We’re thinking of moving. We met an agent at an open house who wanted us to sign a 6-month agreement, so we could be “clients instead of customers”. What does that even mean? – NOT READY FOR COMMITMENT
DEAR NOT READY: In real estate, the terms “client” and “customer” describe totally different relationships with vastly differing levels of service and protection. When a member of the public visits an open house, they are treated as a “customer”. The hosting Realtor is obliged to answer their questions honestly, but beyond that, has a limited duty of care.
For the owner of the house, it’s a different story. When the homeowner has a signed agreement with the Realtor and their brokerage, they are a “client” (in most cases). By signing a contract – the listing agreement, typically — the client has bound their Realtor to strict legal and ethical duties, known as “fiduciary responsibilities”. This makes it the Realtor’s job to protect the homeowner above all else, obey their instructions, respect their confidentiality and negotiate in their best interest.
Both buyers and sellers can sign agreements with Realtors. While doing so now may feel a bit premature, choosing a Realtor and binding them with an agreement can ensure you’re protected once you make a firm decision to move.
PRO TIP: The essence of the customer/client difference is that when a customer asks a question, they get a sentence; the client gets a whole paragraph.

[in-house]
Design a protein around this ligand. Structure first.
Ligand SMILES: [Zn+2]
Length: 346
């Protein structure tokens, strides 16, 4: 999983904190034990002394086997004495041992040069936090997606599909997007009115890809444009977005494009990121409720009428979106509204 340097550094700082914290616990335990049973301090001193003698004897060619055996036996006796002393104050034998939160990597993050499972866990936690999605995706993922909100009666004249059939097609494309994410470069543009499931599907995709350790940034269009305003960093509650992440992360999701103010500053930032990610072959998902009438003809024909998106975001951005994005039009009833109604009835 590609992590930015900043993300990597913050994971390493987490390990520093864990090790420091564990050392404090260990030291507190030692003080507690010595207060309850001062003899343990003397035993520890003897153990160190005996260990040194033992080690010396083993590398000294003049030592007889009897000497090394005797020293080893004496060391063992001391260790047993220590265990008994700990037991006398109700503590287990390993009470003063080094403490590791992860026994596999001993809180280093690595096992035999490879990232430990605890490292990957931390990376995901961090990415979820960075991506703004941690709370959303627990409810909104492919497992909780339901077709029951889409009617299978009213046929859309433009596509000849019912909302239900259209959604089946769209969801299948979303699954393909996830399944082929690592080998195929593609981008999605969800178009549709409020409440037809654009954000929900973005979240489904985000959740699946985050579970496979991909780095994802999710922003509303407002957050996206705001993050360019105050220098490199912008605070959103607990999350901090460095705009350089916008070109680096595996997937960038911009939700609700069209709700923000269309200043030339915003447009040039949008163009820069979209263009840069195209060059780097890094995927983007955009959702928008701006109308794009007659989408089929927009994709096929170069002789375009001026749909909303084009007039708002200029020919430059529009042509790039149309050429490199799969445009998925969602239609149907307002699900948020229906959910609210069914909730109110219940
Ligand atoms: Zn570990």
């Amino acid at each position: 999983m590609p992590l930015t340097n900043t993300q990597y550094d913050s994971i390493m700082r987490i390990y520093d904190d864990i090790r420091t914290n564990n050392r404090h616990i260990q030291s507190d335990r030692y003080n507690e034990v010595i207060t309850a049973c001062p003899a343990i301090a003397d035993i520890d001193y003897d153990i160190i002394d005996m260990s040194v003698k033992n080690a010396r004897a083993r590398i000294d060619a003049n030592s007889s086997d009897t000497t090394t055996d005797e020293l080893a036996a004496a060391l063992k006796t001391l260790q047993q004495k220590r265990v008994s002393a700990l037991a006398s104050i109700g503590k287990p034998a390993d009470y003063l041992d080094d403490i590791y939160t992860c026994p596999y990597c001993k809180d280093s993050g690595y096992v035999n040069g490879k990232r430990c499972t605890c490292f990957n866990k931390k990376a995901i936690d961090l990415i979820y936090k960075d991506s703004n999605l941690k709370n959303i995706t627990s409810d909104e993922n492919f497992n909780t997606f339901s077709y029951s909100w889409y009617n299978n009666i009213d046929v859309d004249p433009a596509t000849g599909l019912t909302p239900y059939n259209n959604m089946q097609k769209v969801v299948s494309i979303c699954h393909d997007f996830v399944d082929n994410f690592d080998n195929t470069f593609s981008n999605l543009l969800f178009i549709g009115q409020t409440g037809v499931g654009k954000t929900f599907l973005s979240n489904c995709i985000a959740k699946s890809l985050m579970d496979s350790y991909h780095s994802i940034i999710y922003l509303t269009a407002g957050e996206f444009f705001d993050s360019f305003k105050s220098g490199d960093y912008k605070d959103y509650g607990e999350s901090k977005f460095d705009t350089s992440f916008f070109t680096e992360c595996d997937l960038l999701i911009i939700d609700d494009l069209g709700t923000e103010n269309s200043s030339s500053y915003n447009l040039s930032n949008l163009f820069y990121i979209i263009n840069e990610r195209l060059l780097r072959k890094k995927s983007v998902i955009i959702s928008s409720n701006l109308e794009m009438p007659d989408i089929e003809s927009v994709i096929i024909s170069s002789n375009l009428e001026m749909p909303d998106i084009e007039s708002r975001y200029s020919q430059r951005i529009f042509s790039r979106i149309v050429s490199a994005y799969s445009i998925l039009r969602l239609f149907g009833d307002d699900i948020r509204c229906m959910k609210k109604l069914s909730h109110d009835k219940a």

We are downsizing to smaller home. We haven’t sold a property in over 30 years and are anxious about how things will go. What happens if our buyer backs out? – NERVOUS NELLY
DEAR NERVOUS: First, the good news – problems of this nature are highly unlikely and pop up very rarely. To reduce the chance of a hiccup, I give all my clients the same advice: in cases where you are selling and buying, avoid the temptation to close both transactions on the same day.
I suggest you arrange bridge financing with your bank, even if you don’t currently have a mortgage. That way, if anything goes wrong with your sale, you can still proceed to your new home while giving your buyer a little breathing room to figure out their issues.
The odds of hitting a snag are slim, but if you plan ahead, you’ll have an alternate strategy in place should anything go sideways.
PRO TIP: It’s key that you keep the lines of communication open between all parties. If a problem does arise, we can always find a solution with a few days’ notice. #AskDavid #Advice